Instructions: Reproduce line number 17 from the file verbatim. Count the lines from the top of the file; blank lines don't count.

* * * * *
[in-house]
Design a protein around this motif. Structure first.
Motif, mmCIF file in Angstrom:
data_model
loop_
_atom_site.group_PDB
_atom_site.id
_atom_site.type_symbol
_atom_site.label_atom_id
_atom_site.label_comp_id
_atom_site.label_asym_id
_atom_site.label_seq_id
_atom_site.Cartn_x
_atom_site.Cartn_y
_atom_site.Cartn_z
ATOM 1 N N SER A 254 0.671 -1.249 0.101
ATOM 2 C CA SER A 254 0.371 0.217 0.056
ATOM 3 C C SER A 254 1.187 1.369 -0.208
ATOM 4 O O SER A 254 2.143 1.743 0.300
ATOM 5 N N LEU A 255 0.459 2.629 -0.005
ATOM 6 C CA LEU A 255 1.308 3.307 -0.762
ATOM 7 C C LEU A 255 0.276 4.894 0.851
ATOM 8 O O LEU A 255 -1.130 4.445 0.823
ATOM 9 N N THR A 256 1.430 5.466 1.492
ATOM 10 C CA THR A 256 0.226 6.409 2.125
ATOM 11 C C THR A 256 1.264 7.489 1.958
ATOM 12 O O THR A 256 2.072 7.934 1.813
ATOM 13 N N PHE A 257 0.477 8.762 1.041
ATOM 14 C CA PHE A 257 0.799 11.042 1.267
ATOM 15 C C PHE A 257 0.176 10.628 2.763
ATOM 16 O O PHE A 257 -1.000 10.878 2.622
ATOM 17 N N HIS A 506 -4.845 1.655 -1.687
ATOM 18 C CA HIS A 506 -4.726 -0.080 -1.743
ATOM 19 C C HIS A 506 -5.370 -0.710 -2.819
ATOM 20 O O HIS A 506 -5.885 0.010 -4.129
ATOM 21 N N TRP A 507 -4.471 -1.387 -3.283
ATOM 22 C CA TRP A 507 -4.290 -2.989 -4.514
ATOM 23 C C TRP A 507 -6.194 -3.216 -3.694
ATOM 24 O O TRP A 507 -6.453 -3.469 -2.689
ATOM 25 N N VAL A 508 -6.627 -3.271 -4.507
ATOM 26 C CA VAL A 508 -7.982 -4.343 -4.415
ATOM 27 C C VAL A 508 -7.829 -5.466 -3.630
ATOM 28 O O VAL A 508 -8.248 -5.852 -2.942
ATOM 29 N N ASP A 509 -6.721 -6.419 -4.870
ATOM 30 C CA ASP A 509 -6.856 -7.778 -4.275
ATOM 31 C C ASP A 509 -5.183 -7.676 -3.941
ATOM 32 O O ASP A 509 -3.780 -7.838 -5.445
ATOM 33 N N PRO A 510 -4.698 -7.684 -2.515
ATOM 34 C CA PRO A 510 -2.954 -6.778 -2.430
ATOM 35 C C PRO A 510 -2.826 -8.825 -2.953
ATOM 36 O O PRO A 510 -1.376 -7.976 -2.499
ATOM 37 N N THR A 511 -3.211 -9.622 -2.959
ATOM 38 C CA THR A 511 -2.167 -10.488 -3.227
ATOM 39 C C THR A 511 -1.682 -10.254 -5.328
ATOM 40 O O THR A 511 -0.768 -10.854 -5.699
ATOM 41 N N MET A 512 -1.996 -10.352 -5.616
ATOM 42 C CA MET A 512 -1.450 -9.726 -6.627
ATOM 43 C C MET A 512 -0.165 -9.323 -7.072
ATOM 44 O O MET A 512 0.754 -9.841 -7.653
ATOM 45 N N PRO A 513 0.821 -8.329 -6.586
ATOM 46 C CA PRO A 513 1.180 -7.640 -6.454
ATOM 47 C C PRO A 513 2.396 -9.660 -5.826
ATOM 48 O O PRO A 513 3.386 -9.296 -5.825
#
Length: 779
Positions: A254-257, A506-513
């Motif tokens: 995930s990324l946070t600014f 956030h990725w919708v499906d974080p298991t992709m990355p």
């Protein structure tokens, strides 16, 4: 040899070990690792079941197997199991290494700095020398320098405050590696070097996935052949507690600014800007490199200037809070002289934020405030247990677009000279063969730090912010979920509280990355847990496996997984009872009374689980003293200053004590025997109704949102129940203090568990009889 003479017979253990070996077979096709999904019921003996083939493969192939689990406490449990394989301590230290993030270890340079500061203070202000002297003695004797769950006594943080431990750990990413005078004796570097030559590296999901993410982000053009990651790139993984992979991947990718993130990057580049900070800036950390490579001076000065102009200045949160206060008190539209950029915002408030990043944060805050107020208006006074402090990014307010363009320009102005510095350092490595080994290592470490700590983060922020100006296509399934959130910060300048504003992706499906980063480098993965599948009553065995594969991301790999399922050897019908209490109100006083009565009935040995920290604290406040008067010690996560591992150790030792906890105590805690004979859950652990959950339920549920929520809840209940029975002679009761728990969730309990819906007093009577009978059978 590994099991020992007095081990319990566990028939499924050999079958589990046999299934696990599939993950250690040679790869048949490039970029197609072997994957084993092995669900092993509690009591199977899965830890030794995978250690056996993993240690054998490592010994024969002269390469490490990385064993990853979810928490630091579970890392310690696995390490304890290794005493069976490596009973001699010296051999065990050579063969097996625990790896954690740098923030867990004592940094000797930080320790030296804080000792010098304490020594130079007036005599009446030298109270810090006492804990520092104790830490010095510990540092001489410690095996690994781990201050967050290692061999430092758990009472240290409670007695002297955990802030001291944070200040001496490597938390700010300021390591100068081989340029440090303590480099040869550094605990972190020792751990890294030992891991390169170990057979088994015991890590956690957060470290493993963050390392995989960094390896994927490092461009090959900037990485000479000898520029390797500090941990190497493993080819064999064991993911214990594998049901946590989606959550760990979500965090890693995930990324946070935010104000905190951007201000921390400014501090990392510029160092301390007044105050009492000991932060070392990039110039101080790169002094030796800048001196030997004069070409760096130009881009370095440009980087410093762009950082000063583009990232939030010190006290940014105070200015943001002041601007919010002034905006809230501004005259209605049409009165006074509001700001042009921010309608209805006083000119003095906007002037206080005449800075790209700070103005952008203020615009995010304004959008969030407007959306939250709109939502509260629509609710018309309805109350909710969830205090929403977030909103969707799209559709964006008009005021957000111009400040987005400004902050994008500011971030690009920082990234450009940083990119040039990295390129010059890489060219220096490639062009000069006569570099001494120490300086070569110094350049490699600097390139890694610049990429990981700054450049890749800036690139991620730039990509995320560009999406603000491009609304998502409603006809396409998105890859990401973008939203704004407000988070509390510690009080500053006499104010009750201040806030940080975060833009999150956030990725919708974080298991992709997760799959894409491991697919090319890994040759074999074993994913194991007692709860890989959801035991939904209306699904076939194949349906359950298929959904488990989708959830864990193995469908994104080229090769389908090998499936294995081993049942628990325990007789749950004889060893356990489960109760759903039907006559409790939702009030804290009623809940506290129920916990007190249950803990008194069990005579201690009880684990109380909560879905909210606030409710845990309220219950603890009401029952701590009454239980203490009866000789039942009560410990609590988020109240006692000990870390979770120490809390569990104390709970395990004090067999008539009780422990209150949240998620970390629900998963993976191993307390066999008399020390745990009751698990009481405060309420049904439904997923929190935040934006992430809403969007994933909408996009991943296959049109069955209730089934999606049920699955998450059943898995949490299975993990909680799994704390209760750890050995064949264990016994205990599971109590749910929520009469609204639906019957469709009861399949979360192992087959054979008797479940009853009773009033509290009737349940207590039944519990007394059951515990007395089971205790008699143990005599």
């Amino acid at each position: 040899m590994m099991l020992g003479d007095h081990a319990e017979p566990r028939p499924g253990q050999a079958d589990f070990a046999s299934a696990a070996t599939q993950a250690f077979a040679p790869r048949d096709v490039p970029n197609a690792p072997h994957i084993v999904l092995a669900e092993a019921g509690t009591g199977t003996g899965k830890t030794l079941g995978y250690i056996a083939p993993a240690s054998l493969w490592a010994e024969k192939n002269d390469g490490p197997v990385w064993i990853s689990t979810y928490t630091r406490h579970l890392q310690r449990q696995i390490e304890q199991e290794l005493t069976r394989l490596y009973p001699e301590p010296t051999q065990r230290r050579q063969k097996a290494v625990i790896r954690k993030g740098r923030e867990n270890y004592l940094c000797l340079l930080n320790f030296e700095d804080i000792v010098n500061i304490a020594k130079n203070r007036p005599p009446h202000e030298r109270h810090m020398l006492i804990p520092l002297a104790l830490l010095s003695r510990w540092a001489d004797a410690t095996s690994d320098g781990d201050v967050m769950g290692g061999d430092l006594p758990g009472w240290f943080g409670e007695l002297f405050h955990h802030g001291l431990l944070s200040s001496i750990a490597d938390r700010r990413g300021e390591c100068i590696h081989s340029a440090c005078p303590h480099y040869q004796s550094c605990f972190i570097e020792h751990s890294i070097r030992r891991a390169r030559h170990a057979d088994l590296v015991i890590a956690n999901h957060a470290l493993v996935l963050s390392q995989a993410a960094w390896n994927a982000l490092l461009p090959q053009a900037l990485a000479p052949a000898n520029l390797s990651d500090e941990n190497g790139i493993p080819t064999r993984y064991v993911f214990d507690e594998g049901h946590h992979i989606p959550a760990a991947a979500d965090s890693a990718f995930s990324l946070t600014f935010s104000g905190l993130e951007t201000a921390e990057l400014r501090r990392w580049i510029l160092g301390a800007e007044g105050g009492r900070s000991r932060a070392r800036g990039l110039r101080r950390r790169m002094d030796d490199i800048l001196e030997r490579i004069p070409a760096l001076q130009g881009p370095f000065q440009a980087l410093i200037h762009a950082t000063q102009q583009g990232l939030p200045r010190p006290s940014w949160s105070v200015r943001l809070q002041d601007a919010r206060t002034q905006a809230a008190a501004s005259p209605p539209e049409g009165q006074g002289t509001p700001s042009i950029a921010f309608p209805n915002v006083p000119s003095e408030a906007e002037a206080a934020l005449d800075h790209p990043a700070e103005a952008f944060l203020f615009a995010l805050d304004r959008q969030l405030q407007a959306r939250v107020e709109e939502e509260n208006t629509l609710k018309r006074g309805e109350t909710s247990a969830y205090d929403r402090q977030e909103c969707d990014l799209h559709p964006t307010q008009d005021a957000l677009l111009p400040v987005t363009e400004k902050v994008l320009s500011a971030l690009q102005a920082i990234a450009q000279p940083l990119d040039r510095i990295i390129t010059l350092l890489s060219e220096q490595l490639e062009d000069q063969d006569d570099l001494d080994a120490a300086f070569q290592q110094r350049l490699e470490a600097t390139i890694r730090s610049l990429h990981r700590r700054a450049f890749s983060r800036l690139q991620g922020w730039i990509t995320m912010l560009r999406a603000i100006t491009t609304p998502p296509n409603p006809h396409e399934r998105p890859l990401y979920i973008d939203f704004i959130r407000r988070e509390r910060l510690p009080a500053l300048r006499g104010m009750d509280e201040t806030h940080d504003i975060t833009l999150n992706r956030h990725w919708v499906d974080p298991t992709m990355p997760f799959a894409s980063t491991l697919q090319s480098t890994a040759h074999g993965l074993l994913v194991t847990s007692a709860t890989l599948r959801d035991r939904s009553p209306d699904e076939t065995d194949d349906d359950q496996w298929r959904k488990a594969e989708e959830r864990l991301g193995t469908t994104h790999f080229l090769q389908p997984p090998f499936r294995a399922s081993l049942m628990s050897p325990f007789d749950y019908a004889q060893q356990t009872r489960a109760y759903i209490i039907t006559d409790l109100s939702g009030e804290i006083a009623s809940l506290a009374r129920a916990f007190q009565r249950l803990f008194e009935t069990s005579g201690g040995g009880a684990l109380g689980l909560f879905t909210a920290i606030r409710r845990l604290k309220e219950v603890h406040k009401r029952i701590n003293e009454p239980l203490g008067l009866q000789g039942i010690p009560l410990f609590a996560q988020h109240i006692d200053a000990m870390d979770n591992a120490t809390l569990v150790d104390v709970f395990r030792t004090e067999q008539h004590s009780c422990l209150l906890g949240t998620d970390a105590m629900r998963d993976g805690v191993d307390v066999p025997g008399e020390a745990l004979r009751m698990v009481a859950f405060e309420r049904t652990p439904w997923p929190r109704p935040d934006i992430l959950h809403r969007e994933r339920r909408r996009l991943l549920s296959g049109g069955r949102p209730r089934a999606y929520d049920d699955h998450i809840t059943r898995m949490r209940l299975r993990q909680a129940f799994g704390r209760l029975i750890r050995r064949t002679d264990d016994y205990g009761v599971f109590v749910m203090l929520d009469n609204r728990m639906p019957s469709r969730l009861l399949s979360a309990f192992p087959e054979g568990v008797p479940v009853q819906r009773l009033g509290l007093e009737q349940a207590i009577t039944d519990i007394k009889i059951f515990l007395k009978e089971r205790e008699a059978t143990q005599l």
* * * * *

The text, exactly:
ATOM 2 C CA SER A 254 0.371 0.217 0.056